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Rapier Vs Katana


While there are no substantial records of duels between Western and Japanese swordsmen, such a matchup provides an interesting discussion subject for students of the blade. One way of looking at the possible outcomes of such a duel is to study the intent behind the design of each weapon.

Not the flimsy foil used in sport fencing, the true fighting rapier is more stoutly contructed. Its design is optimized for using the point (for thrusting) and the speed of the weapon is legendary. In the hands of a skilled fighter, the quickness of the attacks make it a difficult weapon to counter. In its time, the rapier-wielder would almost always be facing an unarmoured opponent (the advent of firearms making armor just so much useless weight), where the blade would not be required to hack through or be encumbered by armour.

This is in contrast to the katana which was designed as a weapon during the almost continous state of civil war between rival warlords before the rise of the Shogunate. Intended to defeat the light armour of the period, the Japanese katana is well known for its cutting ability. Even an offhanded cut can easily sever an arm, especially when used in the traditional kenjutsu two-handed approach. Unlike the rapier, the katana had to be ready to hack through the brigandine (leather and metal) armour in use in its day. Its curved cutting edge allows it to cut deeply on a push or pull stroke making it deadly even at close quarters.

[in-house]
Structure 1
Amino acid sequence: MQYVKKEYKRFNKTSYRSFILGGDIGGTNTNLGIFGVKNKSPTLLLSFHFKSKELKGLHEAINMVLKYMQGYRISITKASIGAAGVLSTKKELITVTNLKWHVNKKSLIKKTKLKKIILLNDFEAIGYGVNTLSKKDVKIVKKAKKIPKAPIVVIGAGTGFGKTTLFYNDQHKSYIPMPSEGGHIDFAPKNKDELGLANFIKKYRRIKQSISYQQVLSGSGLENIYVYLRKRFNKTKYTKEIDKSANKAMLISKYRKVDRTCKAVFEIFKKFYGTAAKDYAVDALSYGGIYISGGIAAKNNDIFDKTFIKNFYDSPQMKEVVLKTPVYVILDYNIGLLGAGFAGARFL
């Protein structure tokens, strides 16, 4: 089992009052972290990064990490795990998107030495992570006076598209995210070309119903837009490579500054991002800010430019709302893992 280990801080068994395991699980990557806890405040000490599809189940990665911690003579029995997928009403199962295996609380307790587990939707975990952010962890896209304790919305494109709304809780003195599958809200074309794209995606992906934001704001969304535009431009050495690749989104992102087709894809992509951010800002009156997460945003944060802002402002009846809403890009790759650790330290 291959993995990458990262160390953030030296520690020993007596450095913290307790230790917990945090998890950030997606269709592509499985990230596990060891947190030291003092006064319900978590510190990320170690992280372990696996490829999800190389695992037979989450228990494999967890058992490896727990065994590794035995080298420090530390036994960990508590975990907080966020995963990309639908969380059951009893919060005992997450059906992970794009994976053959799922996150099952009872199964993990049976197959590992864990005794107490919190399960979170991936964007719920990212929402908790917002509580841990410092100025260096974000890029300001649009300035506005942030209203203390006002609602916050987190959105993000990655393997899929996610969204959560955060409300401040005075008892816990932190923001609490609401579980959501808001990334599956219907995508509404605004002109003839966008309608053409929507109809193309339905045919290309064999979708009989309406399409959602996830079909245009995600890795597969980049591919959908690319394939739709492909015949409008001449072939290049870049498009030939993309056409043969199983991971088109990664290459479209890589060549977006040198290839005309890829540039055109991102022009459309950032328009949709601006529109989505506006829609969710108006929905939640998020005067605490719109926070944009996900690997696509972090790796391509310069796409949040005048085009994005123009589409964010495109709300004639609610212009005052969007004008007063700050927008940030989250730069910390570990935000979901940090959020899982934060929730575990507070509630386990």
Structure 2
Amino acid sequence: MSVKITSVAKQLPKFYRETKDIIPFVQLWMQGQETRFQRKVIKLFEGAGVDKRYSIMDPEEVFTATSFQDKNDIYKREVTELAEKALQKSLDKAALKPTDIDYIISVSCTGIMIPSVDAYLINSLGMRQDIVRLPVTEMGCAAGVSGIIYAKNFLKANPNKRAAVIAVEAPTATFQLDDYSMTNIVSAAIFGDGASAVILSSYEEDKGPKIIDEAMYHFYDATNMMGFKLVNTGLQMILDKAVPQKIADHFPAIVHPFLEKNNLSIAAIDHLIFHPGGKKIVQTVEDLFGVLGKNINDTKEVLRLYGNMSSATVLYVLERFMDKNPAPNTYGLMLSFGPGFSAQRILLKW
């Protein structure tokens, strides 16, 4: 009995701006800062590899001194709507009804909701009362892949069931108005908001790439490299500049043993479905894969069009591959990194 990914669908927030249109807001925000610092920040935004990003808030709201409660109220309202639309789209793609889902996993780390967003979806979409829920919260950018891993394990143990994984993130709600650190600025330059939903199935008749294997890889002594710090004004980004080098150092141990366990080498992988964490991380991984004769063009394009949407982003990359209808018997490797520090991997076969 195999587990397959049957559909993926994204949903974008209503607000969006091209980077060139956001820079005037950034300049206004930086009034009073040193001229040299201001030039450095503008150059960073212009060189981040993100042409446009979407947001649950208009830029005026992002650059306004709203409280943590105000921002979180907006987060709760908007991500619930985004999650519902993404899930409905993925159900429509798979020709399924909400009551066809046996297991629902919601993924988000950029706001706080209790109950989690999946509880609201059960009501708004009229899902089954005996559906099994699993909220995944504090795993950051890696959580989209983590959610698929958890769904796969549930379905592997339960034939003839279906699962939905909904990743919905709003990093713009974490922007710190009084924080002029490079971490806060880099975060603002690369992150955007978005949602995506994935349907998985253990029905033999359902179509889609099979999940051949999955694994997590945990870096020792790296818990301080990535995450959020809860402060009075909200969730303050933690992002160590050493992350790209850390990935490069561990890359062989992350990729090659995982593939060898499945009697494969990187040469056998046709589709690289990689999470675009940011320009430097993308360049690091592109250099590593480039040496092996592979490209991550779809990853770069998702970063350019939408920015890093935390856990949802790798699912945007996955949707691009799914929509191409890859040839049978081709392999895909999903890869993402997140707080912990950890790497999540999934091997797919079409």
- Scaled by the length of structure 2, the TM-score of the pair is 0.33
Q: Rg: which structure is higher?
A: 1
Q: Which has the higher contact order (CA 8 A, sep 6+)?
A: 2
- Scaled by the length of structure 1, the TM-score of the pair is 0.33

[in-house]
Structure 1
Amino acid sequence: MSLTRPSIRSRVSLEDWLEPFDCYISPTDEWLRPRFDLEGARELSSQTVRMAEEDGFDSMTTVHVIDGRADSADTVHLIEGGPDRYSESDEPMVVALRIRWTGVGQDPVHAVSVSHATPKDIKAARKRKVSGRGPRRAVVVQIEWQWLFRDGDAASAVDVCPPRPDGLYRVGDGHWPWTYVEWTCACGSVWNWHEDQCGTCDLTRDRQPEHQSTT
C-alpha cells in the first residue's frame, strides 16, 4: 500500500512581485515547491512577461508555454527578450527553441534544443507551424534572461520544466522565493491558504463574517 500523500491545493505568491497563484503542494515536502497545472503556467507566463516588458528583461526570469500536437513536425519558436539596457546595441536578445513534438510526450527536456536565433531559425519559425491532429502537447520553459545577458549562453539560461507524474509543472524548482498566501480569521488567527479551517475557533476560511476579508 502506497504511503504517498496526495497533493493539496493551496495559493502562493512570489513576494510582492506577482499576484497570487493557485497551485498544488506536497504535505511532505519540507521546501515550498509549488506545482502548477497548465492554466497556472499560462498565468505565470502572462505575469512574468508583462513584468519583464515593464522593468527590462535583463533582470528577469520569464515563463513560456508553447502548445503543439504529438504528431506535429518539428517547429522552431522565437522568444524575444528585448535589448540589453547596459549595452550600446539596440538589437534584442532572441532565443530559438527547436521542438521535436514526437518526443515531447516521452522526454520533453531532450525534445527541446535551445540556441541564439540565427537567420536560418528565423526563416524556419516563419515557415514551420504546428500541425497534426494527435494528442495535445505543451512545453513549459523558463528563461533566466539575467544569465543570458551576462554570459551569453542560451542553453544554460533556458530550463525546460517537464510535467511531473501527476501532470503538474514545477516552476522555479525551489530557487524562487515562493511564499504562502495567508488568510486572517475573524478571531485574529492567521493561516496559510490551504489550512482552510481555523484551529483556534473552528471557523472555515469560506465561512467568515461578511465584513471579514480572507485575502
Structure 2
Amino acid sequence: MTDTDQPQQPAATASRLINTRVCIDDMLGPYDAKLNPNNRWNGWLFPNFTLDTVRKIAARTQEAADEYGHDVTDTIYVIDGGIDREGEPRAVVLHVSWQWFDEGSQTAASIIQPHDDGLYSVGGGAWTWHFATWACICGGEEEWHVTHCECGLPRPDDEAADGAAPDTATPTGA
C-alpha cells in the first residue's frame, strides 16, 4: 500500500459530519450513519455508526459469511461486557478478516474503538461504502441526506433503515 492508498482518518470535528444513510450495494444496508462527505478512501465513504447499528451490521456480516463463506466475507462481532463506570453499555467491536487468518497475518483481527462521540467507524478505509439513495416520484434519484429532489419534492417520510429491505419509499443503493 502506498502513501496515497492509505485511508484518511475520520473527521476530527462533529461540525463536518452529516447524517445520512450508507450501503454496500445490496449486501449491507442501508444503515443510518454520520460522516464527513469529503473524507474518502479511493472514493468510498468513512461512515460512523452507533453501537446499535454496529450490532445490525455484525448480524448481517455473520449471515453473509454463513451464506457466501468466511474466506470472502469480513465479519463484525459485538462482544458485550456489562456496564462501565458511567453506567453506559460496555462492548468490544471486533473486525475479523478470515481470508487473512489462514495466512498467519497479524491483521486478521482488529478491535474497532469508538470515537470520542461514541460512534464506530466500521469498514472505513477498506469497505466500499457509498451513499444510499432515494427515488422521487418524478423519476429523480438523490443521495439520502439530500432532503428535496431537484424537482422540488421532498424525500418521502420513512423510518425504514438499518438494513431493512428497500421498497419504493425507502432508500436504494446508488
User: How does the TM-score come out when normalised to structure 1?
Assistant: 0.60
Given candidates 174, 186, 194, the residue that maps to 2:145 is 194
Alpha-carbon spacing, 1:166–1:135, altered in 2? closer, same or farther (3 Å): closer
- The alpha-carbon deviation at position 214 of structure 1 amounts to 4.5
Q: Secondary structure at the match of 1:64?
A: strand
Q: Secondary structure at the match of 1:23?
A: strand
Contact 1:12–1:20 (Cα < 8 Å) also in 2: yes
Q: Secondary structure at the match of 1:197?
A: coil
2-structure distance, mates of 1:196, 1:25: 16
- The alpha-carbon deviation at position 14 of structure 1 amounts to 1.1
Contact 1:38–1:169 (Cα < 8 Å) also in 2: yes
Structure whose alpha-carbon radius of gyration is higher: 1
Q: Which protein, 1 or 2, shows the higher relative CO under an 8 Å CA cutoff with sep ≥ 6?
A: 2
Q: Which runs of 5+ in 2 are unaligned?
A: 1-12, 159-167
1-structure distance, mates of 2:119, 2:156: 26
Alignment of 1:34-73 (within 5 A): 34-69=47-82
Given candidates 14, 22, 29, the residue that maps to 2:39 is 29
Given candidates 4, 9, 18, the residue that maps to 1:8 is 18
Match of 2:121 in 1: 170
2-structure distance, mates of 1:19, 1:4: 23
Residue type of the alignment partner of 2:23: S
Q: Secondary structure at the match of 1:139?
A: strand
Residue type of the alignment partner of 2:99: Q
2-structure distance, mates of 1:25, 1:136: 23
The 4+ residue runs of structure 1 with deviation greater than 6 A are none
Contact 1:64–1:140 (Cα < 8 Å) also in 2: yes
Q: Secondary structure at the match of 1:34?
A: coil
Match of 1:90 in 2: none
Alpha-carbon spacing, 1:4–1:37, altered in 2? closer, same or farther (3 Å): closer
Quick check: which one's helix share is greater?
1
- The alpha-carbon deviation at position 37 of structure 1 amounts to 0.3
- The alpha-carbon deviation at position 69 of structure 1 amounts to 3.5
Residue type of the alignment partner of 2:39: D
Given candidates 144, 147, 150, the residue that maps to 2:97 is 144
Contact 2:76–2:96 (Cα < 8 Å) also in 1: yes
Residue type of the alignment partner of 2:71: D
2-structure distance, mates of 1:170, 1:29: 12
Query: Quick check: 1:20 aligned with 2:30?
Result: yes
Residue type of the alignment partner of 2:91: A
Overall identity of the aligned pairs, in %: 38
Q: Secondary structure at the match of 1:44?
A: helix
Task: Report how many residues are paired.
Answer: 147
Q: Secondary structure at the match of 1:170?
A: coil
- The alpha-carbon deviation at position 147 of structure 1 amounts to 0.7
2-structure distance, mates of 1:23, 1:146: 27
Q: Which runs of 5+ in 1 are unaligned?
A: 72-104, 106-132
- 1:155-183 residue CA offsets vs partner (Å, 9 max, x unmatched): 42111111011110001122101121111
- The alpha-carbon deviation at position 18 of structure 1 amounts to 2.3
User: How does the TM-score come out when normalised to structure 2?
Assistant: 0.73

To win an encounter with a katana-armed opponent, the rapier swordsman would have to keep his distance. However, the rapier is ill suited to a static defensive strategy as its blade is unable to parry heavy blows. Instead, the Western swordsman should be looking out for a chance to attack by employing lightning-quick thrusts to the head, chest or throat of his opponent. Even if the thrusts are not fatal, they would slow the opponent and set up a chance for a real killing blow. The rapier-wielder has to be careful of the katana's cutting ability - one stroke is usually enough to end any fight.

On one hand the Japanese swordsman must be wary advancing forward due to the rapier's speed which would probably make nonsense of any blocking techniques possible with the katana. On the other hand, going on the offensive is a good idea, since the katana could probably beat aside any defense by brute power and still reach the rapier-wielder. The fearsome cutting power means that any cuts that do land leave terrible wounds - severing the hand, leg, or head of the opponent ends the duel immediately.


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